After more than six weeks silence, France’s incorrigible First Girlfriend Valerie Trierweiler returned to Twitter over the weekend. She wanted to reassure her 135,000 plus ‘dear friends’ (ie ‘followers’) that all was going well – and that her boyfriend had just delivered a ‘magnificent’ and ‘moving’ speech.
Normally this is not news. However, the companion of freshly installed Socialist President Francois Hollande has guaranteed that her comments of 140 characters or less on the social media site are front-page material.
The frenzied attention dates back to June, when the Paris Match journalist, and twice-divorced mother of three Tweeted in favour of a renegade Socialist running for parliamentary election against her boyfriend’s ex.
The seemingly crazed act – publicly going against the President’s endorsement for the official candidate Segolene Royal, the mother of his four children – exposed Trierweiler to legitimate accusations she was twisted by jealousy. More importantly, days out from a key legislative ballot, she had shattered the new head of state’s brief political honeymoon with an unseemly fit of pique directed at her love rival.
If that all sounds unbearably Dynasty or Dallas at the Elysee Palace, that’s because it is.
Despite all his protestations to the contrary and a painstakingly constructed Monsieur Normal serious image, designed to contrast with the vanquished Nicolas Sarkozy’s bling-bling attitude, erratic politics and constant appearances in the gossip magazines, Hollande is now one half of the most ridiculed celebrity couple in France.
It is difficult to underestimate the damage inflicted on Hollande’s presidency, and the significant loss of statesman status by the gaffes of his Twitter-happy girlfriend, or the ‘First Journalist of France’, as satirical investigative weekly Le canard enchainé labels the woman who said she was ‘embarrassed’ by the title ‘Première Dame’ (First Lady).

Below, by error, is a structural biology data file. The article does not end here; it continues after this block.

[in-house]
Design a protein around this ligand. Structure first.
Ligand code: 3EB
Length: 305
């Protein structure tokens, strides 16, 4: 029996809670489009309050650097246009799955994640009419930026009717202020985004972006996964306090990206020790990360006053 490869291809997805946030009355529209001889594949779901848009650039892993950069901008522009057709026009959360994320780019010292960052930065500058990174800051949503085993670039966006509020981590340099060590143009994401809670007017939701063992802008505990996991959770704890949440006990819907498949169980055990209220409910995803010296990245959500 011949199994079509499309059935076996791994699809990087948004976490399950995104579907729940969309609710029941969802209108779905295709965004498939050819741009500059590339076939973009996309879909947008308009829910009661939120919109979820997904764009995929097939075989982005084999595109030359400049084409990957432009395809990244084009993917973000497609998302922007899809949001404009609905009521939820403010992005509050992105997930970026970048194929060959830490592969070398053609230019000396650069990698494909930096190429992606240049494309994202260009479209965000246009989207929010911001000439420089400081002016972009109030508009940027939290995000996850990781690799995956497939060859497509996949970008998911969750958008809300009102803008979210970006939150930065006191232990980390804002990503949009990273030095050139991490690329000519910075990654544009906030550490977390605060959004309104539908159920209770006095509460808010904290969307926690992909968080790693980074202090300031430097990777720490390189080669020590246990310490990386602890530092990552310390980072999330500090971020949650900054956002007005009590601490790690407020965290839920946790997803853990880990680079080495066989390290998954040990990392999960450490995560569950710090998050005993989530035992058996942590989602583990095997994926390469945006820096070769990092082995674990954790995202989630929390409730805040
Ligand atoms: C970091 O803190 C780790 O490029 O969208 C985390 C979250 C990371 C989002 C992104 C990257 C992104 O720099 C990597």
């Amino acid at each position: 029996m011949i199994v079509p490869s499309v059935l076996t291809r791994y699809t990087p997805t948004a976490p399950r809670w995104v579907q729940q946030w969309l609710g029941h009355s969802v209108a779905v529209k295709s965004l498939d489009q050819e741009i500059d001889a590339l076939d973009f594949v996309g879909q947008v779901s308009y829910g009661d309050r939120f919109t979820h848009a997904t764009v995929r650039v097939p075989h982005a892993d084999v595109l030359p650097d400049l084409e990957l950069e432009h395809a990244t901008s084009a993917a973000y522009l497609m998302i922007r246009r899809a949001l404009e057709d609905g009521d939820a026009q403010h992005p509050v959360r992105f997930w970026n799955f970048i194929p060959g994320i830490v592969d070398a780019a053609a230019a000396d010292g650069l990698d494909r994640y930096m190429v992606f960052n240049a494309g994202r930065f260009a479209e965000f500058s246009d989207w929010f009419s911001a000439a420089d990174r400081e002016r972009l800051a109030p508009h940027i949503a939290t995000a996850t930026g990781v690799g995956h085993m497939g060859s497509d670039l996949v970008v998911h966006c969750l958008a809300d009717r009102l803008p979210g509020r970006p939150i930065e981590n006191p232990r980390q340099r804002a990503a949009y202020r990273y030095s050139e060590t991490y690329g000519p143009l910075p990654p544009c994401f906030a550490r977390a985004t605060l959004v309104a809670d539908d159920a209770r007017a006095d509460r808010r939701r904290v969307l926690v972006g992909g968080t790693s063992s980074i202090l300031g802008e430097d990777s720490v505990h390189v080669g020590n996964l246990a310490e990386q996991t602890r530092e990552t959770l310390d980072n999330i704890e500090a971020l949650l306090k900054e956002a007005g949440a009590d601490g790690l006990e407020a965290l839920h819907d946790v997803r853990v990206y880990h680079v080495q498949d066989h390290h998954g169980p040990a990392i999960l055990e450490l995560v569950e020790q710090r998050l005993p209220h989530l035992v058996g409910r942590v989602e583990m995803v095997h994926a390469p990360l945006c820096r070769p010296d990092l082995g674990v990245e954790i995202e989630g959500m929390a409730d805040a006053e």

The President and his ex Royal have called time on Tweetgate, trying to deflect questions and move on to fresh topics. But the story won’t go away, especially when Hollande’s own children are so furious they refuse to see Trierweiler and have been quoted publicly decrying her behaviour in the press.
Tweetgate caused a scandal in French media and political circles, but the repercussions are going to be felt for a long time to come, because in his typical fashion, Hollande has failed to resolve the problem.
The difference with Nicolas Sarkozy, whose second marriage ended in his first year as president was that once he realised the French were thoroughly sick of his roller-coaster love-life and penchant for ostentatious holidays, he swiftly married Carla Bruni-Sarkozy in secret. He then largely shielded his private life, including the birth of their daughter last year, from the public.
You don’t have to be right-wing or even family values-oriented to see that so many of Hollande’s problems could have been avoided if he had married his girlfriend, and settled the problem of exactly what status she has in a Palace that has supplied her with an office with four staff (twice as much as her predecessor). Marriage would have been pure political opportunism, but at least it would have allowed President Hollande to do the things that French Presidents are supposed to do, like run the country, untrammelled by constant distractions posed by his chaotic home life.
The Trierweiler trainwreck was a disaster always waiting to happen. The rot set in back in 2005 when Trierweiler, a political journalist covering the Socialists, and Hollande first began their affair (hardly a high point for independent journalism). This prompted Royal to run for the presidency, unsuccessfully, in 2007. The affair was an open secret in political circles, and almost tore the Socialist party apart as the leading figures as its centre were at personal and political war.
In 2012, no political observers imagined that Hollande’s women and their rivalry could once again become a driving force in Socialist politics.